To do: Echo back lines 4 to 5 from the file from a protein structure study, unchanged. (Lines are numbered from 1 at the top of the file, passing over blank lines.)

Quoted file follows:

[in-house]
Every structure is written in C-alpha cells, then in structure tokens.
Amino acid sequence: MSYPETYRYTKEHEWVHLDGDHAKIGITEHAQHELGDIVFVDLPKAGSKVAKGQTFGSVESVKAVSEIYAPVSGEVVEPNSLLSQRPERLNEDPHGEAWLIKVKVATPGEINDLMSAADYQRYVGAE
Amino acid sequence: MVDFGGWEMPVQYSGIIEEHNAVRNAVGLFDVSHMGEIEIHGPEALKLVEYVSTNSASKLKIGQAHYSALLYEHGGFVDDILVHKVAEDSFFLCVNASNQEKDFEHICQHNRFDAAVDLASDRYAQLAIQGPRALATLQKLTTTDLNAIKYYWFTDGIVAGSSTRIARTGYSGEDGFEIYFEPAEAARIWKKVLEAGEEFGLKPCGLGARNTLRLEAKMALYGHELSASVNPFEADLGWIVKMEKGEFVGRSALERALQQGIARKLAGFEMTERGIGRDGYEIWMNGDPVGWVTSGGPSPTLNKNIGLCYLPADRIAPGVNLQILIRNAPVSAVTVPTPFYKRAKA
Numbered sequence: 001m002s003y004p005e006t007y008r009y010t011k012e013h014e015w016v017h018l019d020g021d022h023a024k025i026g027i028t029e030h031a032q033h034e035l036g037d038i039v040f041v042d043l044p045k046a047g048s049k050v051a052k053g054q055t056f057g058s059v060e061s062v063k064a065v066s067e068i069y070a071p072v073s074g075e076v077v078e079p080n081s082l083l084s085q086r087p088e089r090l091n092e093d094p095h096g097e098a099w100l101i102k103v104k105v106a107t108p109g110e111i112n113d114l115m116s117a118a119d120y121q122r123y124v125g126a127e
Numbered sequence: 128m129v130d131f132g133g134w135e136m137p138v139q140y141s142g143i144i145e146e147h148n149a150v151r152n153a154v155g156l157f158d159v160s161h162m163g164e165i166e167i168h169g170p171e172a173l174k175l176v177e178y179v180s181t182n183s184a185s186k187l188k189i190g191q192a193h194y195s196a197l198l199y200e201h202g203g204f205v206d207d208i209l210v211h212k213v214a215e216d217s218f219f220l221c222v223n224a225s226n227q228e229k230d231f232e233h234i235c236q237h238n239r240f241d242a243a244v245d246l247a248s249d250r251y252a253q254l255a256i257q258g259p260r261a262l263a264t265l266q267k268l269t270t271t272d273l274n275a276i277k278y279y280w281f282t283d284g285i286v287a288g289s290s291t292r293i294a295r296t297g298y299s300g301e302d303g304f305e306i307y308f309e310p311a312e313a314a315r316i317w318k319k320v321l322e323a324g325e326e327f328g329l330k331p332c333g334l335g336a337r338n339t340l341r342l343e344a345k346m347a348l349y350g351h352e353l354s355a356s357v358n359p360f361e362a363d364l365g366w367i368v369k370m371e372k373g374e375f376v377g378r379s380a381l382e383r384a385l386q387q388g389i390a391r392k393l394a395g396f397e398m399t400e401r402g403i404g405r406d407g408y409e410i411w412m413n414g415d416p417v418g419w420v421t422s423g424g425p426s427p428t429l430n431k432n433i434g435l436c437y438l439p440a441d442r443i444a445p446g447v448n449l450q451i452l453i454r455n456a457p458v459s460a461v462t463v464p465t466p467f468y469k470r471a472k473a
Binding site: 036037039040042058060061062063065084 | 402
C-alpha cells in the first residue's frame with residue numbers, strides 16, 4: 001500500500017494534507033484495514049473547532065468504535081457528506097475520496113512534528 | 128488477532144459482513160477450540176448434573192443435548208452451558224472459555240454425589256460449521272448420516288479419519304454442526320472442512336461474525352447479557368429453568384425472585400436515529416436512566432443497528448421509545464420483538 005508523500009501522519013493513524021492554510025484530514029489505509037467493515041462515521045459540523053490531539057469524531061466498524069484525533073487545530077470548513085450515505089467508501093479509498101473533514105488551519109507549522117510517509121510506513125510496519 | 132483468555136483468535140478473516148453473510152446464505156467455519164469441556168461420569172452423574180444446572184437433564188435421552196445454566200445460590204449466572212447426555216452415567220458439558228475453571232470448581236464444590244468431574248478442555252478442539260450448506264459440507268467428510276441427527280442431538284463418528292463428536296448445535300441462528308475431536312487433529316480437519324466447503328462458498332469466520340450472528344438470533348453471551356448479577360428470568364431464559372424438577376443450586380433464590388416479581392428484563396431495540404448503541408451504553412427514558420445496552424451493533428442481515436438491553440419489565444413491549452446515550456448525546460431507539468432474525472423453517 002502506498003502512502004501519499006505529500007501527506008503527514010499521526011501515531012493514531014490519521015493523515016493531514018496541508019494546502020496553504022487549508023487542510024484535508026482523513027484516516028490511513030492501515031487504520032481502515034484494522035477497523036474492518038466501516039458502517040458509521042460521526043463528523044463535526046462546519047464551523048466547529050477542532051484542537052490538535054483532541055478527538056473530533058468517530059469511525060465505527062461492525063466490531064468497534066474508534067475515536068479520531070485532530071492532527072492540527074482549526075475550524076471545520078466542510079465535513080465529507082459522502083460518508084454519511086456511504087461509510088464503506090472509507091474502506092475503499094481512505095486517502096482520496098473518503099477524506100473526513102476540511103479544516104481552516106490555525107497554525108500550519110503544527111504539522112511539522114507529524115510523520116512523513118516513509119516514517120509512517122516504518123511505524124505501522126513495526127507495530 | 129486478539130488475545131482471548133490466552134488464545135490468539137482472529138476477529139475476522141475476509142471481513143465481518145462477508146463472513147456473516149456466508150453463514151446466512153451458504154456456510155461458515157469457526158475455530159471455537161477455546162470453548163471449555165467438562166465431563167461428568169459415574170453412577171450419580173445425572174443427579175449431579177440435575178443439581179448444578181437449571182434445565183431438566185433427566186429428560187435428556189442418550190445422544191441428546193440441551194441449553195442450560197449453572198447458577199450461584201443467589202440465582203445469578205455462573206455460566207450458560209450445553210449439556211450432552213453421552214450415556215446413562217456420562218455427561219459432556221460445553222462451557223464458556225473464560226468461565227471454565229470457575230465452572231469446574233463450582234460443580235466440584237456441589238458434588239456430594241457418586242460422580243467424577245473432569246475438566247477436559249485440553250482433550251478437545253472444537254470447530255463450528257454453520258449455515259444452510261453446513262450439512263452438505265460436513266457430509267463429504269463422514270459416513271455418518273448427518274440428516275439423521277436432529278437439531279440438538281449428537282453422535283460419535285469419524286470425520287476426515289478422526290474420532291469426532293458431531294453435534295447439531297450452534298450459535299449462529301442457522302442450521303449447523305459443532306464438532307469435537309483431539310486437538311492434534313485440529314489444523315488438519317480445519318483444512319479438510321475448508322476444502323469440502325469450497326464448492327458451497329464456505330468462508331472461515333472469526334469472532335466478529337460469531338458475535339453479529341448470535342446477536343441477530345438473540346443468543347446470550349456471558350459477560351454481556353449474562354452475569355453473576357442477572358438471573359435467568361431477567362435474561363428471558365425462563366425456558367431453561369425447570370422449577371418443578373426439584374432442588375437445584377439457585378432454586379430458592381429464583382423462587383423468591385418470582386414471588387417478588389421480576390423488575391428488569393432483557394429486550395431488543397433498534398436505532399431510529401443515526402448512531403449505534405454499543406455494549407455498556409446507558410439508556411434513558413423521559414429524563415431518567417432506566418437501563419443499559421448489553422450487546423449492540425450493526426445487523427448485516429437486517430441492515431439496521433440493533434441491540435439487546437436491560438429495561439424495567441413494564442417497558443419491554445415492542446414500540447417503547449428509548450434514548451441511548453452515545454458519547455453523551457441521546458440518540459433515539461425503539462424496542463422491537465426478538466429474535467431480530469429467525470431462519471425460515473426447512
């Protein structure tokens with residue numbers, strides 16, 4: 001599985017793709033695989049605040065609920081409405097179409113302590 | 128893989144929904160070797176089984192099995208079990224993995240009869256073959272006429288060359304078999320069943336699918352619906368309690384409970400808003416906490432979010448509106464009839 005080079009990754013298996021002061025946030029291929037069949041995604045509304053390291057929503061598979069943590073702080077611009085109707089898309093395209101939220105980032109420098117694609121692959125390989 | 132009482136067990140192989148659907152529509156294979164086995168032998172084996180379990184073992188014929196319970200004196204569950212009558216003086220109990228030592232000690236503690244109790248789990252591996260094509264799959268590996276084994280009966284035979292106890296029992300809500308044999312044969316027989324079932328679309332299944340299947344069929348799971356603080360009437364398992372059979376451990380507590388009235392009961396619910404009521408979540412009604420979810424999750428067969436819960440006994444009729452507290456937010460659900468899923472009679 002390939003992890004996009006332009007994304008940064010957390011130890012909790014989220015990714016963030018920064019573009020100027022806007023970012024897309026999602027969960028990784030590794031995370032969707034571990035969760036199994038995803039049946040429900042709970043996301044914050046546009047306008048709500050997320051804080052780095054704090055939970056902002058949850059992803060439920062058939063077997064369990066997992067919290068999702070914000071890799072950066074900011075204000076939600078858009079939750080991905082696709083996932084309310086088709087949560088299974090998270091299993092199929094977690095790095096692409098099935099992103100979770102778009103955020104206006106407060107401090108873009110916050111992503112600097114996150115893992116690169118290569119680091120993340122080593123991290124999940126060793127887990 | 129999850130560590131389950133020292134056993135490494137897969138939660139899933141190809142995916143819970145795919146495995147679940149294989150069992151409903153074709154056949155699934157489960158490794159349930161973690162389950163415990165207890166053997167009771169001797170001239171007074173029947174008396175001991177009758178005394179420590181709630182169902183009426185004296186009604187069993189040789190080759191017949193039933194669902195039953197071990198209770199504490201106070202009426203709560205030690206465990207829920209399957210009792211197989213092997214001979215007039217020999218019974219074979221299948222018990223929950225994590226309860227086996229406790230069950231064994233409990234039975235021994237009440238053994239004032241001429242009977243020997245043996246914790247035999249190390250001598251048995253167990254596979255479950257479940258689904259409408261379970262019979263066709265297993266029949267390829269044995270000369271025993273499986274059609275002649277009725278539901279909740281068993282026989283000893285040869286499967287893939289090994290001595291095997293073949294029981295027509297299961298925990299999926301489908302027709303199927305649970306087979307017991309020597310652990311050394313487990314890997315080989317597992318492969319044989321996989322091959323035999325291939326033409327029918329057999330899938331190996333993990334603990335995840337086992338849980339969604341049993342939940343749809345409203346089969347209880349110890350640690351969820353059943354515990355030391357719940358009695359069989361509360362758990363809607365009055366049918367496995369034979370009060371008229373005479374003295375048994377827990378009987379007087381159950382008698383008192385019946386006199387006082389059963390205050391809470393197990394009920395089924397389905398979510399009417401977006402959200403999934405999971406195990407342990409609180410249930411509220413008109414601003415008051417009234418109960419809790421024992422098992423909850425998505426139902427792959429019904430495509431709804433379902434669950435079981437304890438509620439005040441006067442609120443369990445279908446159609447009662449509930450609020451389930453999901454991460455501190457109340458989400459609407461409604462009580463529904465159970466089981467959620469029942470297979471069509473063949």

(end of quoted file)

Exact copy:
Amino acid sequence: MVDFGGWEMPVQYSGIIEEHNAVRNAVGLFDVSHMGEIEIHGPEALKLVEYVSTNSASKLKIGQAHYSALLYEHGGFVDDILVHKVAEDSFFLCVNASNQEKDFEHICQHNRFDAAVDLASDRYAQLAIQGPRALATLQKLTTTDLNAIKYYWFTDGIVAGSSTRIARTGYSGEDGFEIYFEPAEAARIWKKVLEAGEEFGLKPCGLGARNTLRLEAKMALYGHELSASVNPFEADLGWIVKMEKGEFVGRSALERALQQGIARKLAGFEMTERGIGRDGYEIWMNGDPVGWVTSGGPSPTLNKNIGLCYLPADRIAPGVNLQILIRNAPVSAVTVPTPFYKRAKA
Numbered sequence: 001m002s003y004p005e006t007y008r009y010t011k012e013h014e015w016v017h018l019d020g021d022h023a024k025i026g027i028t029e030h031a032q033h034e035l036g037d038i039v040f041v042d043l044p045k046a047g048s049k050v051a052k053g054q055t056f057g058s059v060e061s062v063k064a065v066s067e068i069y070a071p072v073s074g075e076v077v078e079p080n081s082l083l084s085q086r087p088e089r090l091n092e093d094p095h096g097e098a099w100l101i102k103v104k105v106a107t108p109g110e111i112n113d114l115m116s117a118a119d120y121q122r123y124v125g126a127e